Joint Korean complex ends reconciliation bid
PAJU, South Korea — The last seven South Koreans stationed at a jointly run factory park in North Korea pulled out Friday, silencing the complex for the first time since it started nine years ago in a seemingly distant era of reconciliation.
The complex in the town of Kaesong, just north of the Koreas' heavily fortified border, was the rivals' only remaining symbol of rapprochement. It had employed more than 53,000 North Korean workers and hundreds of South Korean managers until last month, when Pyongyang started gradually blocking its operations.
The last seven South Koreans left after negotiating taxes and the back salaries of North Korean workers. Their departure leaves the Koreas with virtually no official communication channel.
It also could spell the end of an experiment that many saw as a bridge between the divided Koreas that was meant to help pave the way for a future unified Korea by proving that workers from two polar opposite economic systems could collaborate.
Through both liberal and conservative governments in Seoul, Kaesong survived past tensions, including attacks blamed on North Korea in 2010 that killed 50 South Koreans.
Show commenting policy
TribLive commenting policy
You are solely responsible for your comments and by using TribLive.com you agree to our Terms of Service.
We moderate comments. Our goal is to provide substantive commentary for a general readership. By screening submissions, we provide a space where readers can share intelligent and informed commentary that enhances the quality of our news and information.
While most comments will be posted if they are on-topic and not abusive, moderating decisions are subjective. We will make them as carefully and consistently as we can. Because of the volume of reader comments, we cannot review individual moderation decisions with readers.
We value thoughtful comments representing a range of views that make their point quickly and politely. We make an effort to protect discussions from repeated comments either by the same reader or different readers.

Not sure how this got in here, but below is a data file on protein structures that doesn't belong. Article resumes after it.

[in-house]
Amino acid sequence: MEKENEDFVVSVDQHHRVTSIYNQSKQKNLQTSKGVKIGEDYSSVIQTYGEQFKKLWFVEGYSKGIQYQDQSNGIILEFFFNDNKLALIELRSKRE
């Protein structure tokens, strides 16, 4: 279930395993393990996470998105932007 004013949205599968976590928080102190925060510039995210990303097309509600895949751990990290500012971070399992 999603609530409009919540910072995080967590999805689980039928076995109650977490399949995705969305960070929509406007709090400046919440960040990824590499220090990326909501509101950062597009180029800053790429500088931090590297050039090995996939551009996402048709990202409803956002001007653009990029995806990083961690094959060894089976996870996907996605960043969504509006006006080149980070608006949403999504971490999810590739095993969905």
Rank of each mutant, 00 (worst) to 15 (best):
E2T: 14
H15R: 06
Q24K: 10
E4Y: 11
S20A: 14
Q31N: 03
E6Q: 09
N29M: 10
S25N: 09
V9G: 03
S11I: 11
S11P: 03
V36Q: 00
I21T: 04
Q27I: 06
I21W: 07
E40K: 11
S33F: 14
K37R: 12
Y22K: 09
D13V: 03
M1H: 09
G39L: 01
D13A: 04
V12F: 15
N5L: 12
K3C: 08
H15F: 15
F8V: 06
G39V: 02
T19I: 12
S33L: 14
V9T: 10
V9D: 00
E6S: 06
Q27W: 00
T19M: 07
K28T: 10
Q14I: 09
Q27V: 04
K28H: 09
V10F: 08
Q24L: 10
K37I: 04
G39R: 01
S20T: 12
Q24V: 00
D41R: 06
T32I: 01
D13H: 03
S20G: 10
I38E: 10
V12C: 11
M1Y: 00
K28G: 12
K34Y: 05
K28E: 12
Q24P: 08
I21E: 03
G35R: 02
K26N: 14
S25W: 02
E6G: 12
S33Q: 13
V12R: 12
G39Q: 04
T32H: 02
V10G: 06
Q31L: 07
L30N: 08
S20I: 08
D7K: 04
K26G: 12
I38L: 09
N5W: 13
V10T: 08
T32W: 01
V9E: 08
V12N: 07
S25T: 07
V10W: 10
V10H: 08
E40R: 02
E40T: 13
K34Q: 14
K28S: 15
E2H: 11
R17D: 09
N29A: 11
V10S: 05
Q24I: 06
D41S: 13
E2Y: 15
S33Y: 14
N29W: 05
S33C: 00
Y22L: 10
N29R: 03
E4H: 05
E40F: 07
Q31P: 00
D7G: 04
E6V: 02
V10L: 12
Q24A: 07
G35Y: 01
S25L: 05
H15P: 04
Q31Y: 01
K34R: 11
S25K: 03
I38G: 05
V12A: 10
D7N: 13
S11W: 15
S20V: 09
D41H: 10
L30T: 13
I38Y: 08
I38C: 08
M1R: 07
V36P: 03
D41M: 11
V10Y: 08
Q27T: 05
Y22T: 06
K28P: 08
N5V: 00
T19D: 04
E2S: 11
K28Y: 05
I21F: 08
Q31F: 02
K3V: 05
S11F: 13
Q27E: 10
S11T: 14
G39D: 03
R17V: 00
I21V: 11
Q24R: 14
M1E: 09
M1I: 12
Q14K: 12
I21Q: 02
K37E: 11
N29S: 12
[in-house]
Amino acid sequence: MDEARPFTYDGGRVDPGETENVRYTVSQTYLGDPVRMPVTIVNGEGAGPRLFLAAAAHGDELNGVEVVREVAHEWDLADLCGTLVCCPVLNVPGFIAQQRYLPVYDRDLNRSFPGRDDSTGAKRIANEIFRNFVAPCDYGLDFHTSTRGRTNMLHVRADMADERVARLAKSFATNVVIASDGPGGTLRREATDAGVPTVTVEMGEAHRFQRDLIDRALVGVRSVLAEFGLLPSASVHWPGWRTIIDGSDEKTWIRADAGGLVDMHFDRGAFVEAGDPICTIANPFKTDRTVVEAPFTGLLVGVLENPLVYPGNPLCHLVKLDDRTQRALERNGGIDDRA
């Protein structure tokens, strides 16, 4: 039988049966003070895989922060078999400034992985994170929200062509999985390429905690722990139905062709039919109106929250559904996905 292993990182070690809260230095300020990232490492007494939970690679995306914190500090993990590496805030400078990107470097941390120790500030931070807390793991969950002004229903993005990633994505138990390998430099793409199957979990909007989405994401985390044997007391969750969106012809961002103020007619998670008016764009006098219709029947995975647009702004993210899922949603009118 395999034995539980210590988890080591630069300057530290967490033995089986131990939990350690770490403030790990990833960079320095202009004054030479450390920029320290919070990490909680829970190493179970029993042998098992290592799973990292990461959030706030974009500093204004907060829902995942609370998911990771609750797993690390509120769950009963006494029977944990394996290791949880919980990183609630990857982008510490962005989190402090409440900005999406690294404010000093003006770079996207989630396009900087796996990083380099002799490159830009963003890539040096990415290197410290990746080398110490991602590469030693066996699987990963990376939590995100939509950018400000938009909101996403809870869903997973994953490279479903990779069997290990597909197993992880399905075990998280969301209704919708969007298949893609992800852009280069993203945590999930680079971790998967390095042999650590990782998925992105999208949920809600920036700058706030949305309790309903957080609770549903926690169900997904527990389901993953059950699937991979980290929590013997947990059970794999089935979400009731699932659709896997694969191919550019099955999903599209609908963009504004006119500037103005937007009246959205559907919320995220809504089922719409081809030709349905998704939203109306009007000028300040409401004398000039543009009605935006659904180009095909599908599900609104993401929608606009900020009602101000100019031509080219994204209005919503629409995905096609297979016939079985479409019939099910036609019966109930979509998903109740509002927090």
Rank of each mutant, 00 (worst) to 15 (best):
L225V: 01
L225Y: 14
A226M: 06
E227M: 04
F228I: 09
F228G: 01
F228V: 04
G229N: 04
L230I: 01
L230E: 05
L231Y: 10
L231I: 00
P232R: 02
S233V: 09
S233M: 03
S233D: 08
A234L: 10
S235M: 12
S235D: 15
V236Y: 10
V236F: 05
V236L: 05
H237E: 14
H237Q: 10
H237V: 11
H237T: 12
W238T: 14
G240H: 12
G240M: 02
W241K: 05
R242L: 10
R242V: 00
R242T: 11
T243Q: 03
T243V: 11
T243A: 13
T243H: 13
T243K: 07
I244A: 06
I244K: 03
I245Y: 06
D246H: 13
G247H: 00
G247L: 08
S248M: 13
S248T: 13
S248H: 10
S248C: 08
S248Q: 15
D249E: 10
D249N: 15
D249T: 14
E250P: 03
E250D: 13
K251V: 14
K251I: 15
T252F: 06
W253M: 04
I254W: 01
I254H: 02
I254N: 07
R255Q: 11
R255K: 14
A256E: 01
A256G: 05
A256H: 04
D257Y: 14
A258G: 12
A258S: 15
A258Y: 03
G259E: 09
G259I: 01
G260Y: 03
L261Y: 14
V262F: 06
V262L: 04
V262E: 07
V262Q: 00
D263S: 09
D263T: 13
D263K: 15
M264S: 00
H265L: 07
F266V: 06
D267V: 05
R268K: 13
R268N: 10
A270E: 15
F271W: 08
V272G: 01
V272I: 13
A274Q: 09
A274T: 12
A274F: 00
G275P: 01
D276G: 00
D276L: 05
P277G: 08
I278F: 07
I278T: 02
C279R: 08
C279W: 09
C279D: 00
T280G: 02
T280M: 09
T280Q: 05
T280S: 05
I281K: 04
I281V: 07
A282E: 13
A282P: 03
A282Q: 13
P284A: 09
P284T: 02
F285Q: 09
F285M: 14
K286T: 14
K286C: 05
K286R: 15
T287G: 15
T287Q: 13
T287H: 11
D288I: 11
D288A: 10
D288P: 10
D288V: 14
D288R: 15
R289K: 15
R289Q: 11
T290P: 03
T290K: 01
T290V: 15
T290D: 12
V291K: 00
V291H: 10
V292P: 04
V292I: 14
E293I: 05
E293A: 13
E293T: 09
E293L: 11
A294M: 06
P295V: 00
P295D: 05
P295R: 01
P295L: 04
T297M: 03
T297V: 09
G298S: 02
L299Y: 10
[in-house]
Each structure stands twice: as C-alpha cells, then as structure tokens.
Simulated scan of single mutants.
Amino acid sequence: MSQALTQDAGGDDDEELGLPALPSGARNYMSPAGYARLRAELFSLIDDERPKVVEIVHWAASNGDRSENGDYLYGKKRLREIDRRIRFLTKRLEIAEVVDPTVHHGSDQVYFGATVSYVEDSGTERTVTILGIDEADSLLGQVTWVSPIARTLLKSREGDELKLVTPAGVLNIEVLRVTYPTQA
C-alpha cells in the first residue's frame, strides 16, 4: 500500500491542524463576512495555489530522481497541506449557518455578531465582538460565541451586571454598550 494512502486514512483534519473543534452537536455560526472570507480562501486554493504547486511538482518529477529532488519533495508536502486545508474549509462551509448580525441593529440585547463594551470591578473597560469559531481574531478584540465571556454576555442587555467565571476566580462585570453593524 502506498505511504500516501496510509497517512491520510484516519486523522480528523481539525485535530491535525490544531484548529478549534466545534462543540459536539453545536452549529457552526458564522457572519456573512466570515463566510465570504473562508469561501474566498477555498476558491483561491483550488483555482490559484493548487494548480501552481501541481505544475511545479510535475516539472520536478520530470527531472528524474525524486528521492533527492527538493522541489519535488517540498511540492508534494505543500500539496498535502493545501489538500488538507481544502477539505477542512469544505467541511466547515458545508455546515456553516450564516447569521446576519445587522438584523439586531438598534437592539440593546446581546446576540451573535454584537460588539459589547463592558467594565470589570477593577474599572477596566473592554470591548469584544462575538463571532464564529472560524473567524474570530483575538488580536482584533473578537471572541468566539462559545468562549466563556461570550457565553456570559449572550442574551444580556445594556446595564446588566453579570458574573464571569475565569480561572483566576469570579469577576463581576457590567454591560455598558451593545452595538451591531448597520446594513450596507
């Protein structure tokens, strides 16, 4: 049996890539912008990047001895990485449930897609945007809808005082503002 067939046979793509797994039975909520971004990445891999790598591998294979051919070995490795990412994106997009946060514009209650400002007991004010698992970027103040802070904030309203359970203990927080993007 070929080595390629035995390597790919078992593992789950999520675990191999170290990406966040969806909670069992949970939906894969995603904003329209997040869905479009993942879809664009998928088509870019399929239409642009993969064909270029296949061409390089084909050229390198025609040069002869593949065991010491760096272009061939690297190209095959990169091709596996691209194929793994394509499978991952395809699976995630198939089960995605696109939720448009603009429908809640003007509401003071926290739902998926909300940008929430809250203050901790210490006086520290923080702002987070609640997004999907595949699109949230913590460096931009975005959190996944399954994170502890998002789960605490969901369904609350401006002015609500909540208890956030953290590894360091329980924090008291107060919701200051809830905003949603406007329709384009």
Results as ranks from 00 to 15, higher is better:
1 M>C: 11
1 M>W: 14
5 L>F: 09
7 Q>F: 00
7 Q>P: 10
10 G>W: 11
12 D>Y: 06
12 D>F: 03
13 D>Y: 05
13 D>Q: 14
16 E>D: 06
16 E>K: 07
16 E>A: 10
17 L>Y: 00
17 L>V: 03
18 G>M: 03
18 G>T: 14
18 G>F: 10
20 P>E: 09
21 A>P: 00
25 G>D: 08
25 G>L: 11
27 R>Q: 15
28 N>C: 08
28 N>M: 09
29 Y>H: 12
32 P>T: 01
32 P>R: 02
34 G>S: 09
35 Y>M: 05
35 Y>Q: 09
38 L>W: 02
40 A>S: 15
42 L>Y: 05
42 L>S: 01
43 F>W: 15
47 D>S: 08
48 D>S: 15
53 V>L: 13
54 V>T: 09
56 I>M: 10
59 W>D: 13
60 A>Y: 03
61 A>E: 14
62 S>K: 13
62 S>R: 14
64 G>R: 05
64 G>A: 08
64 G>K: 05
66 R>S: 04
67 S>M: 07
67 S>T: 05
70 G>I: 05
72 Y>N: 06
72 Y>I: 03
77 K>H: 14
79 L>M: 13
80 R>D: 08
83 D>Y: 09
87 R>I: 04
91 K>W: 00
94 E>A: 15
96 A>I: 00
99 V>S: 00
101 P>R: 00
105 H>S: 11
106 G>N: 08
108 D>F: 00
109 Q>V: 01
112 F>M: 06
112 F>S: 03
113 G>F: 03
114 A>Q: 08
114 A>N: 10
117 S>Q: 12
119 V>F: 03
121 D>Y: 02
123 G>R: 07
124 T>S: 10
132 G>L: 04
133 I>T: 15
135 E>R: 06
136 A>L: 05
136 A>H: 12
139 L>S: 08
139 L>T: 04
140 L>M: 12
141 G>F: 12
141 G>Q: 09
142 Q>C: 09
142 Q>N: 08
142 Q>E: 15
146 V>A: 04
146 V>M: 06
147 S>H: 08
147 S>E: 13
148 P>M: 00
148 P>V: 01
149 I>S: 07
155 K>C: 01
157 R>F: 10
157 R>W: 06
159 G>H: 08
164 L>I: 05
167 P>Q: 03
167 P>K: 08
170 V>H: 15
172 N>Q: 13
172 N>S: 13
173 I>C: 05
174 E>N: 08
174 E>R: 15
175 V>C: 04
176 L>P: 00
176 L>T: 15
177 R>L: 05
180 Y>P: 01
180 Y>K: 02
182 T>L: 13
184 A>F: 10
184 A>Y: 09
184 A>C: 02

We follow the same standards for taste as the daily newspaper. A few things we won't tolerate: personal attacks, obscenity, vulgarity, profanity (including expletives and letters followed by dashes), commercial promotion, impersonations, incoherence, proselytizing and SHOUTING. Don't include URLs to Web sites.
We do not edit comments. They are either approved or deleted. We reserve the right to edit a comment that is quoted or excerpted in an article. In this case, we may fix spelling and punctuation.
We welcome strong opinions and criticism of our work, but we don't want comments to become bogged down with discussions of our policies and we will moderate accordingly.
We appreciate it when readers and people quoted in articles or blog posts point out errors of fact or emphasis and will investigate all assertions. But these suggestions should be sent via e-mail. To avoid distracting other readers, we won't publish comments that suggest a correction. Instead, corrections will be made in a blog post or in an article.
- S&P 500 logs 47th record high close for year
- Lower gasoline prices fail to spur consumer spending
- Retailers that won’t open on Thanksgiving hope move pays off
- Federal agency checking whether Highmark has enough doctors in Medicare plan
- Household debt on the rise after 5-year decline
- Oil, gas industry tries to keep talent in pipeline
- Butler County firm Deep Well Services tackles tough gas wells
- Westinghouse to construct colossal nuke plant in Turkey
- Housing prices nudge upward as more homes on market
- Google applies tech to medical device
- Oil prices continue descent, dragging market indexes lower